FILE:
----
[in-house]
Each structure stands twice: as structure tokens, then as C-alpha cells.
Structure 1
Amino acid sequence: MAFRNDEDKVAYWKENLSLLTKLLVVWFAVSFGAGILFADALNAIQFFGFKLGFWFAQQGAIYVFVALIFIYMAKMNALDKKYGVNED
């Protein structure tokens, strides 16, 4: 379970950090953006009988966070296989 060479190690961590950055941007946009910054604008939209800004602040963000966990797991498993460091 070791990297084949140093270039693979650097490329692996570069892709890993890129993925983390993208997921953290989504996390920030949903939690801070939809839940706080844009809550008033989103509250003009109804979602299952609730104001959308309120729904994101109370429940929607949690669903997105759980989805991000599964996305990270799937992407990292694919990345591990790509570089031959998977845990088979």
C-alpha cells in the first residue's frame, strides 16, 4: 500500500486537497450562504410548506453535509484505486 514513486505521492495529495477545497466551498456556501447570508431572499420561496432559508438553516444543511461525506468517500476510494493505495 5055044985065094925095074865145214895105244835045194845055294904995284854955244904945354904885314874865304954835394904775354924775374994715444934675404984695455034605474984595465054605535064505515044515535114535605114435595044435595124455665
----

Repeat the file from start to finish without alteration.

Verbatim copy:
[in-house]
Each structure stands twice: as structure tokens, then as C-alpha cells.
Structure 1
Amino acid sequence: MAFRNDEDKVAYWKENLSLLTKLLVVWFAVSFGAGILFADALNAIQFFGFKLGFWFAQQGAIYVFVALIFIYMAKMNALDKKYGVNED
């Protein structure tokens, strides 16, 4: 379970950090953006009988966070296989 060479190690961590950055941007946009910054604008939209800004602040963000966990797991498993460091 070791990297084949140093270039693979650097490329692996570069892709890993890129993925983390993208997921953290989504996390920030949903939690801070939809839940706080844009809550008033989103509250003009109804979602299952609730104001959308309120729904994101109370429940929607949690669903997105759980989805991000599964996305990270799937992407990292694919990345591990790509570089031959998977845990088979």
C-alpha cells in the first residue's frame, strides 16, 4: 500500500486537497450562504410548506453535509484505486 514513486505521492495529495477545497466551498456556501447570508431572499420561496432559508438553516444543511461525506468517500476510494493505495 5055044985065094925095074865145214895105244835045194845055294904995284854955244904945354904885314874865304954835394904775354924775374994715444934675404984695455034605474984595465054605535064505515044515535114535605114435595044435595124455665